Scoring only 25 percent in terms of financial literacy, Philippines ranked in the bottom 30 out of 144 countries surveyed according to Standard & Poor’s (S&P Global Ratings) global study. Other neighboring countries such as Singapore and Malaysia scored higher, with 59 percent and 36 percent, respectively.

Financial literacy in the Philippines was generally considered to be low, with a significant portion of the population lacking basic knowledge and skills related to personal finance. However, it is important to note that the financial literacy landscape is subject to change, and recent efforts may have been made to improve financial education in the country.

Several factors contribute to the low financial literacy in the Philippines. One key factor is the lack of comprehensive financial education programs in schools and universities. Many Filipinos do not receive formal financial education during their formative years, leaving them ill-equipped to make informed financial decisions later in life.

Moreover, the prevalence of informal financial systems, such as rotating savings and credit associations (ROSCAs) or informal lenders, can hinder the development of formal financial knowledge. These informal systems, although providing short-term solutions, often lack transparency and can perpetuate a cycle of debt and financial instability.

The lack of access to banking services and limited familiarity with financial products and services are other challenges faced by many Filipinos. According to data from the Bangko Sentral ng Pilipinas (BSP), approximately 51% of Filipino adults were unbanked in 2019, which means they did not have a formal bank account. This limited access to basic financial services makes it difficult for individuals to save, invest, and manage their finances effectively.

However, it’s worth noting that the government and various organizations have recognized the importance of improving financial literacy in the Philippines. Efforts have been made to promote financial education through partnerships between government agencies, non-governmental organizations (NGOs), and private institutions. The BSP, for example, has implemented initiatives like the National Strategy for Financial Inclusion and the Economic and Financial Learning Program to enhance financial literacy and inclusion.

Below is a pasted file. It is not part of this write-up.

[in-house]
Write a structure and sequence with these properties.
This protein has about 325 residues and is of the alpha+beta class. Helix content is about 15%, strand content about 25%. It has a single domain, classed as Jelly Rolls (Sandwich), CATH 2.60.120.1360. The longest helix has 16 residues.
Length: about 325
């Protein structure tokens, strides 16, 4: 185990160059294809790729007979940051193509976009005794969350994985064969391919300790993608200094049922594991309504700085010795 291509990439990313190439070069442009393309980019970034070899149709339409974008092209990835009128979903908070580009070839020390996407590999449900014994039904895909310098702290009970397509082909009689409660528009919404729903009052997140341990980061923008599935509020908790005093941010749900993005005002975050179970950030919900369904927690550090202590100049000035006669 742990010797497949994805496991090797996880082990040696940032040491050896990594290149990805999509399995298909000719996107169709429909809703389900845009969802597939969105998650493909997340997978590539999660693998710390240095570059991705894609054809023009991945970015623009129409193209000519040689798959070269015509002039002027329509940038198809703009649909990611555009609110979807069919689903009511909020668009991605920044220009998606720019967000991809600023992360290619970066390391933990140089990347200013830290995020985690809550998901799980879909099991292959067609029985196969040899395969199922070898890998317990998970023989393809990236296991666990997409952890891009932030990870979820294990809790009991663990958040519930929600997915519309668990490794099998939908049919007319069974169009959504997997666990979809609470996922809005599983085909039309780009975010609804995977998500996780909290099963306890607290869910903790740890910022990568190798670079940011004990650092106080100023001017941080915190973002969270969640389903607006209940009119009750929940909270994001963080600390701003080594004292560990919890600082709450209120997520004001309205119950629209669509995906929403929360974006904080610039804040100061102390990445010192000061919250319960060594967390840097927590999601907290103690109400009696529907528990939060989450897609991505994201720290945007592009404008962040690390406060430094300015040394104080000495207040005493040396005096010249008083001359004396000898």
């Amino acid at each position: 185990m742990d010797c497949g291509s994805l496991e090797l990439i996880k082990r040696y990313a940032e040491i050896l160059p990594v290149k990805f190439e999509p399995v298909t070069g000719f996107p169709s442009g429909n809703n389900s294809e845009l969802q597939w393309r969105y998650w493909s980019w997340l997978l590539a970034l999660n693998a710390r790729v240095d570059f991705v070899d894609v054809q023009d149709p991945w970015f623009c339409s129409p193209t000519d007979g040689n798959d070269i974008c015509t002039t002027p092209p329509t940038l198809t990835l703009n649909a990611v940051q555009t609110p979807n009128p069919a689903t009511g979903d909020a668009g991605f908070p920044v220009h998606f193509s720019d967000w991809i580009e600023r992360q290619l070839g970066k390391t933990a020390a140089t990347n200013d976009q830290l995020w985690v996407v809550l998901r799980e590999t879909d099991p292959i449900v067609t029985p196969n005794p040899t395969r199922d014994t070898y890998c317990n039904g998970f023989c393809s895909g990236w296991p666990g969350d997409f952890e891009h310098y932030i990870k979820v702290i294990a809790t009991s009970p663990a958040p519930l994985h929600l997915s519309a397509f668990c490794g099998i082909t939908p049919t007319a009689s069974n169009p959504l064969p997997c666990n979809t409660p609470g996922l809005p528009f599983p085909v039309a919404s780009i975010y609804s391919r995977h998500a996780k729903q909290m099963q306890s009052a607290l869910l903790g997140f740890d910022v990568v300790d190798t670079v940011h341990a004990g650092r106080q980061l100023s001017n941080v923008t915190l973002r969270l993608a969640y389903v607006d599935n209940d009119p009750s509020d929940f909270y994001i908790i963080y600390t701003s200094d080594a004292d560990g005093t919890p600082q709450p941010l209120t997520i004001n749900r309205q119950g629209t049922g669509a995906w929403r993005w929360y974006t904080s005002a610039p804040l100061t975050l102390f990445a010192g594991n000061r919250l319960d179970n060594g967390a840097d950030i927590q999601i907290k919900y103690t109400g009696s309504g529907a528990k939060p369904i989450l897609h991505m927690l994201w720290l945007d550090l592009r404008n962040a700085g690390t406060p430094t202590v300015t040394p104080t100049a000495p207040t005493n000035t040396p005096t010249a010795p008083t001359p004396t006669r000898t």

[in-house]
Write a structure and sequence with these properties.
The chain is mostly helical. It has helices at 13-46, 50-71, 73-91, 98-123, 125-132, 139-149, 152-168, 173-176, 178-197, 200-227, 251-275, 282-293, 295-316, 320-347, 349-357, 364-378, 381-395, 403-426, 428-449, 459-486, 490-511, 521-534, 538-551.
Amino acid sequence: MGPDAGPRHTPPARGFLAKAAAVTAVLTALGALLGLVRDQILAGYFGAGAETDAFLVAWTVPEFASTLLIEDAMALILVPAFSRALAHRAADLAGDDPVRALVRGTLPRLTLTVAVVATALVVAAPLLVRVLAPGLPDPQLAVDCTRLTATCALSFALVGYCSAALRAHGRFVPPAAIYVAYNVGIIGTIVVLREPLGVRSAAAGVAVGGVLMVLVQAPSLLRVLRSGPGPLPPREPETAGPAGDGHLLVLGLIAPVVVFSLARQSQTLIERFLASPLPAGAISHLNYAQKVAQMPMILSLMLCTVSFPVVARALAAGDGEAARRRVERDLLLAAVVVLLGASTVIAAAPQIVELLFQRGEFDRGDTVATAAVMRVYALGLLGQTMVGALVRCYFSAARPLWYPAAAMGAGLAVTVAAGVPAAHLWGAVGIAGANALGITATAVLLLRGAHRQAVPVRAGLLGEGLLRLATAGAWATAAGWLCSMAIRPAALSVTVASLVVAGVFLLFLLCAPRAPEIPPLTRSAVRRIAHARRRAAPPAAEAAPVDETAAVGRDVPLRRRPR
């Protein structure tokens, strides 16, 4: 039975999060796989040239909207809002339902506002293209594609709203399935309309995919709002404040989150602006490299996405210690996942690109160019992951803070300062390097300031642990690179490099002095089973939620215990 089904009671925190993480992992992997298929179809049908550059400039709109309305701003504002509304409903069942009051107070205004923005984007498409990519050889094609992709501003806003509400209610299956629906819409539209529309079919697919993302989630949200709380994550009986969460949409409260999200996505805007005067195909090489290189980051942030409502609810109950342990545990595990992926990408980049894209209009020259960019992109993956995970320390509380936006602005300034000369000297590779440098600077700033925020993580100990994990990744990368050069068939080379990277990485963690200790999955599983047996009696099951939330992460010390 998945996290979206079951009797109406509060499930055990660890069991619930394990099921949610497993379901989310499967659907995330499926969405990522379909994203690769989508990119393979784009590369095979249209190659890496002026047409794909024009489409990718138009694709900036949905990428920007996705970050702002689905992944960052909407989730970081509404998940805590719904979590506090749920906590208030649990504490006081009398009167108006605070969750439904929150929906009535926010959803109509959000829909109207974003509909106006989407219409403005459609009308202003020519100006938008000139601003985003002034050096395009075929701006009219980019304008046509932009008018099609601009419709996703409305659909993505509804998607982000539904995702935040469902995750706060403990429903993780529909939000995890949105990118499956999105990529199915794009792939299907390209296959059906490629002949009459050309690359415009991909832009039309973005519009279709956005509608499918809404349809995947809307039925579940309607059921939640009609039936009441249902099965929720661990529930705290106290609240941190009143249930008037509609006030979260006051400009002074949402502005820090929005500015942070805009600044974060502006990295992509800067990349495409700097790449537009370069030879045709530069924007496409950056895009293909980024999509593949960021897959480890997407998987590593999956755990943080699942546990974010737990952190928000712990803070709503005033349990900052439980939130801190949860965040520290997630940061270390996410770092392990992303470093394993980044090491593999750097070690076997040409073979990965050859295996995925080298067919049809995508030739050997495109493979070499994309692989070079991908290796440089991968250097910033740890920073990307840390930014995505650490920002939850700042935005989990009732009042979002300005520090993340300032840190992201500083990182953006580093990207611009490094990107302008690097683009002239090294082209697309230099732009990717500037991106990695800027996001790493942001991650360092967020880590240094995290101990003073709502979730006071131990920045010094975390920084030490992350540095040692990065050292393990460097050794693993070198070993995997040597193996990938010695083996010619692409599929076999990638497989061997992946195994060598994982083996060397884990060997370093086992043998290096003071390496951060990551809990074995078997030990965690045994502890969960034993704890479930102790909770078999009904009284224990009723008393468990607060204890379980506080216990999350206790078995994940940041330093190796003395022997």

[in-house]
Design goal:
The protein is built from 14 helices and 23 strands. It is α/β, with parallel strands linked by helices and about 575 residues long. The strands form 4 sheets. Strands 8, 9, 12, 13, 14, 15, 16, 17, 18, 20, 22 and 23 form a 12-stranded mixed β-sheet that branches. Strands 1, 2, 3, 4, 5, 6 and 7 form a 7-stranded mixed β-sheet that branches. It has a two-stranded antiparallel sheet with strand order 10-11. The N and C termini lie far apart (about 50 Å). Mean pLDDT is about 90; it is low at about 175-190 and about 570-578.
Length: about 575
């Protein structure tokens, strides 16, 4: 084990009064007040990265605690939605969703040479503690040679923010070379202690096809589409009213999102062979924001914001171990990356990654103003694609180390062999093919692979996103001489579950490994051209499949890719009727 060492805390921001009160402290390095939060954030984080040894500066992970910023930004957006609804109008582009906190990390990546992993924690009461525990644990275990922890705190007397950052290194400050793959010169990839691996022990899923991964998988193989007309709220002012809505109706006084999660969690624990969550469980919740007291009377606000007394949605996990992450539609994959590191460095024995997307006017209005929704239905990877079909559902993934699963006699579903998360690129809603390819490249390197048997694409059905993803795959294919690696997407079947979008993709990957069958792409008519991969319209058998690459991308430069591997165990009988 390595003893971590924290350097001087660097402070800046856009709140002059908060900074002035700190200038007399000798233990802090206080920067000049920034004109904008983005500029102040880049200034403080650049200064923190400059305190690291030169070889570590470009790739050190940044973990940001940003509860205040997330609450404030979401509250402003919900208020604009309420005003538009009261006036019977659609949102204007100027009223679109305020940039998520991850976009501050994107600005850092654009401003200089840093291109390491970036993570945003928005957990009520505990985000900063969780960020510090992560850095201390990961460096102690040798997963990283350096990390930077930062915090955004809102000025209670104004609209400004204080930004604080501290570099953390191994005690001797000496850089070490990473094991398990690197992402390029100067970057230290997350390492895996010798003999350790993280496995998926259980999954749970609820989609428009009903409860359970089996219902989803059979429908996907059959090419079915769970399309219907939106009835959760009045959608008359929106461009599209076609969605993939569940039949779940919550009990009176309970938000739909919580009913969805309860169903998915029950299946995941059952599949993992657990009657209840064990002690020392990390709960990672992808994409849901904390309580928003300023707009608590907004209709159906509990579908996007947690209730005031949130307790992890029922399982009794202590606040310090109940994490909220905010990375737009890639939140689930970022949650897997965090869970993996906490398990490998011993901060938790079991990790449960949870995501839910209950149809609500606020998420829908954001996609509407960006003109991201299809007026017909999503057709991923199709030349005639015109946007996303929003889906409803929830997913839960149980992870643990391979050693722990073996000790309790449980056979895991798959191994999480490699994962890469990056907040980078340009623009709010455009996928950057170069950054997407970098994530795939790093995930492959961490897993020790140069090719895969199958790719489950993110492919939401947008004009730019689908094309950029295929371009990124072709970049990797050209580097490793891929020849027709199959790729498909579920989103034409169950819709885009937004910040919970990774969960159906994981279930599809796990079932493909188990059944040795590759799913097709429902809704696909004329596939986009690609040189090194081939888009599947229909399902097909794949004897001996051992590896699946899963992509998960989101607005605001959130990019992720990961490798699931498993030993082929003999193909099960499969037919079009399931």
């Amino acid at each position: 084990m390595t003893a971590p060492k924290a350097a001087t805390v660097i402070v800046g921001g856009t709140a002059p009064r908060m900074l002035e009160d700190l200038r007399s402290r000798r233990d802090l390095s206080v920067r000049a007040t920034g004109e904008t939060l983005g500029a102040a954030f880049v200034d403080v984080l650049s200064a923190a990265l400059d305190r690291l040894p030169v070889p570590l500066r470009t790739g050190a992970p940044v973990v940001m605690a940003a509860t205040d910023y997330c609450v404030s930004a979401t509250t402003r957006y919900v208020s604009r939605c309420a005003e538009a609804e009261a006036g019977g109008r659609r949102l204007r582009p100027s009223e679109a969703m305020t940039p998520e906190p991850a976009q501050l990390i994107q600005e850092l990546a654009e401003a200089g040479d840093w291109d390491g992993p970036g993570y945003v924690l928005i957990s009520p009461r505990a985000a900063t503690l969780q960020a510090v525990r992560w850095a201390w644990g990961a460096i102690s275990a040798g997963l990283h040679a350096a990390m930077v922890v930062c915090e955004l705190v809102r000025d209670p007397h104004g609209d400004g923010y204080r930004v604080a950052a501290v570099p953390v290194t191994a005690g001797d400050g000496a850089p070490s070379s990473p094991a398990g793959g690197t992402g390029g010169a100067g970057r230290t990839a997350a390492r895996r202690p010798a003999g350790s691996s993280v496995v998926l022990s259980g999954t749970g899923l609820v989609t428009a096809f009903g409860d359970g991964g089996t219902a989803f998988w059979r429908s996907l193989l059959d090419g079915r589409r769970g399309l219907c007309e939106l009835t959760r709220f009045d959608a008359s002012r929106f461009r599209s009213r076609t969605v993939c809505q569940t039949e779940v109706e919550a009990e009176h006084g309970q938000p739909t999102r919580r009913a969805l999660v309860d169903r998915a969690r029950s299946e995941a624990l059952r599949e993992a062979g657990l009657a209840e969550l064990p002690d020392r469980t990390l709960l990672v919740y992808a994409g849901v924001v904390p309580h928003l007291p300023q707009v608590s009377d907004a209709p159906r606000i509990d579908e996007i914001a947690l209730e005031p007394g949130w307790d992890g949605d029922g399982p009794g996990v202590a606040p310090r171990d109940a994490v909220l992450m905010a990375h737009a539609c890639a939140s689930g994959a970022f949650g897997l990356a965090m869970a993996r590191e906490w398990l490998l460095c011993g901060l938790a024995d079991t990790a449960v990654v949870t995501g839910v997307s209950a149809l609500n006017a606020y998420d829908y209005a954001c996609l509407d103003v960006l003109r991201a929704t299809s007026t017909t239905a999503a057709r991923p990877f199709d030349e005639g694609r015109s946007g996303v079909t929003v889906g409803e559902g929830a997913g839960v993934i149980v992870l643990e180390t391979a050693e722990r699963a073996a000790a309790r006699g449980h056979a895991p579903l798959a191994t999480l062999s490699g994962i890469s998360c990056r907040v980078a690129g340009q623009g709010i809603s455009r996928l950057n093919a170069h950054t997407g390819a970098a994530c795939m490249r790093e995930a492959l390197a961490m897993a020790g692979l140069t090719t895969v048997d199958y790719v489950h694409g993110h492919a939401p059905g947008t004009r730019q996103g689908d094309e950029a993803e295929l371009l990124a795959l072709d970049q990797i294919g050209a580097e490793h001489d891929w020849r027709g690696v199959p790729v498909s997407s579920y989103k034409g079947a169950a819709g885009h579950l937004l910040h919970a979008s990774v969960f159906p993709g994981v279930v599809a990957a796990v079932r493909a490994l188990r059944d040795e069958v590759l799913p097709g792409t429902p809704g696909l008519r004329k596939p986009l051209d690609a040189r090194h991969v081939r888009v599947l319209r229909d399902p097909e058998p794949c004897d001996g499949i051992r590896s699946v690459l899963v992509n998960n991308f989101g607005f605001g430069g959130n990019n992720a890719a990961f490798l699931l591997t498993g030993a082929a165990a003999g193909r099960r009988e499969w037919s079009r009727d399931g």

The integration of financial literacy programs into the school curriculum, the development of mobile banking services, and the promotion of digital financial literacy are among the strategies being employed to improve the financial literacy of Filipinos. It is crucial to continue these efforts to empower individuals and enable them to make informed financial decisions for their long-term financial well-being.

Financial literacy among Filipinos has been a topic of concern in recent years. While there are individuals in the Philippines who possess a good understanding of personal finance, a significant portion of the population still lacks adequate financial literacy.

Philippines. The government, in collaboration with various organizations and institutions, has initiated programs and campaigns to promote financial education and inclusion. These efforts aim to provide Filipinos with the necessary knowledge and skills to make informed financial decisions, manage debt, save, and invest wisely.

Additionally, the rise of digital technology and mobile banking in the country has opened up new opportunities for financial inclusion and education. Mobile applications and online platforms now offer accessible resources, budgeting tools, and financial management guidance to help Filipinos improve their financial literacy.

While progress has been made, increasing financial literacy among Filipinos remains an ongoing challenge. Continued efforts to incorporate financial education into school curricula, enhance access to affordable financial services, and raise awareness about the importance of financial literacy are crucial to empower individuals and improve their financial well-being.